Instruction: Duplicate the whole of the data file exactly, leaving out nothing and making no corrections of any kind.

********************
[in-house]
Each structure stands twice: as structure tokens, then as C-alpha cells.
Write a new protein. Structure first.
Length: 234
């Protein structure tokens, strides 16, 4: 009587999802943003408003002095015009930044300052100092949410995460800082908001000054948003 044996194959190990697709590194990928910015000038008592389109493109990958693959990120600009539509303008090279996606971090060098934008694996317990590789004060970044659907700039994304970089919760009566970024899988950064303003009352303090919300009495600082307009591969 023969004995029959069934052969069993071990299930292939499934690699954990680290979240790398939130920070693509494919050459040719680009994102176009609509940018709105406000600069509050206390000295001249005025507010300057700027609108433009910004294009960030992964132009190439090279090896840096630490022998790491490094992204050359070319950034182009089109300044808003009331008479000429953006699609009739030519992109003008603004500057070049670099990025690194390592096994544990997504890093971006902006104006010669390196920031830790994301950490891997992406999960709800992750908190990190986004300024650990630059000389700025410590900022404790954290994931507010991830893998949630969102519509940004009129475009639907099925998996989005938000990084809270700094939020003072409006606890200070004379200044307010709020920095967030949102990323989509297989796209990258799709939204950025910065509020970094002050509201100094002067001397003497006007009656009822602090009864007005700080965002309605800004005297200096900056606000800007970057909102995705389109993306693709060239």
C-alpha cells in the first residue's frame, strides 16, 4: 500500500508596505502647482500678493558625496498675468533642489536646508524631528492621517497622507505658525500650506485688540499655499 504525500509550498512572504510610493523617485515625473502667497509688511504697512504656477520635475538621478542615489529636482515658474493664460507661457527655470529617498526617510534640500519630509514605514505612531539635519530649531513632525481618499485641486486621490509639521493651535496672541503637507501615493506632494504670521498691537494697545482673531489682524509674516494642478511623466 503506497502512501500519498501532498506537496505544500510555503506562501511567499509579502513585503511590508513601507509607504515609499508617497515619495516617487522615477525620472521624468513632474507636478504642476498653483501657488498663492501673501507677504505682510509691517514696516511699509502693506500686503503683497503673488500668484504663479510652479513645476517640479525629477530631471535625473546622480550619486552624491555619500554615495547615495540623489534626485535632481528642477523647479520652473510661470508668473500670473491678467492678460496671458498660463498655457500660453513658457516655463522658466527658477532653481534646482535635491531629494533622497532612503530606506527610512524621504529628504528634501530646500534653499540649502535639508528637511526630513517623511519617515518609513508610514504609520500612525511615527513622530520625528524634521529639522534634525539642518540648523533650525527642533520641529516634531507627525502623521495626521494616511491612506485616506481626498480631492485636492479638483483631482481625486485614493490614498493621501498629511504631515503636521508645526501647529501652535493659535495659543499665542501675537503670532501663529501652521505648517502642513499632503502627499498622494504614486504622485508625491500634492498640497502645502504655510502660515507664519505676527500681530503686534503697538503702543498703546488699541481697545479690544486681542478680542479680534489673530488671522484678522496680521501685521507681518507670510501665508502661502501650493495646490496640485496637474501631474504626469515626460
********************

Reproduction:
[in-house]
Each structure stands twice: as structure tokens, then as C-alpha cells.
Write a new protein. Structure first.
Length: 234
């Protein structure tokens, strides 16, 4: 009587999802943003408003002095015009930044300052100092949410995460800082908001000054948003 044996194959190990697709590194990928910015000038008592389109493109990958693959990120600009539509303008090279996606971090060098934008694996317990590789004060970044659907700039994304970089919760009566970024899988950064303003009352303090919300009495600082307009591969 023969004995029959069934052969069993071990299930292939499934690699954990680290979240790398939130920070693509494919050459040719680009994102176009609509940018709105406000600069509050206390000295001249005025507010300057700027609108433009910004294009960030992964132009190439090279090896840096630490022998790491490094992204050359070319950034182009089109300044808003009331008479000429953006699609009739030519992109003008603004500057070049670099990025690194390592096994544990997504890093971006902006104006010669390196920031830790994301950490891997992406999960709800992750908190990190986004300024650990630059000389700025410590900022404790954290994931507010991830893998949630969102519509940004009129475009639907099925998996989005938000990084809270700094939020003072409006606890200070004379200044307010709020920095967030949102990323989509297989796209990258799709939204950025910065509020970094002050509201100094002067001397003497006007009656009822602090009864007005700080965002309605800004005297200096900056606000800007970057909102995705389109993306693709060239």
C-alpha cells in the first residue's frame, strides 16, 4: 500500500508596505502647482500678493558625496498675468533642489536646508524631528492621517497622507505658525500650506485688540499655499 504525500509550498512572504510610493523617485515625473502667497509688511504697512504656477520635475538621478542615489529636482515658474493664460507661457527655470529617498526617510534640500519630509514605514505612531539635519530649531513632525481618499485641486486621490509639521493651535496672541503637507501615493506632494504670521498691537494697545482673531489682524509674516494642478511623466 503506497502512501500519498501532498506537496505544500510555503506562501511567499509579502513585503511590508513601507509607504515609499508617497515619495516617487522615477525620472521624468513632474507636478504642476498653483501657488498663492501673501507677504505682510509691517514696516511699509502693506500686503503683497503673488500668484504663479510652479513645476517640479525629477530631471535625473546622480550619486552624491555619500554615495547615495540623489534626485535632481528642477523647479520652473510661470508668473500670473491678467492678460496671458498660463498655457500660453513658457516655463522658466527658477532653481534646482535635491531629494533622497532612503530606506527610512524621504529628504528634501530646500534653499540649502535639508528637511526630513517623511519617515518609513508610514504609520500612525511615527513622530520625528524634521529639522534634525539642518540648523533650525527642533520641529516634531507627525502623521495626521494616511491612506485616506481626498480631492485636492479638483483631482481625486485614493490614498493621501498629511504631515503636521508645526501647529501652535493659535495659543499665542501675537503670532501663529501652521505648517502642513499632503502627499498622494504614486504622485508625491500634492498640497502645502504655510502660515507664519505676527500681530503686534503697538503702543498703546488699541481697545479690544486681542478680542479680534489673530488671522484678522496680521501685521507681518507670510501665508502661502501650493495646490496640485496637474501631474504626469515626460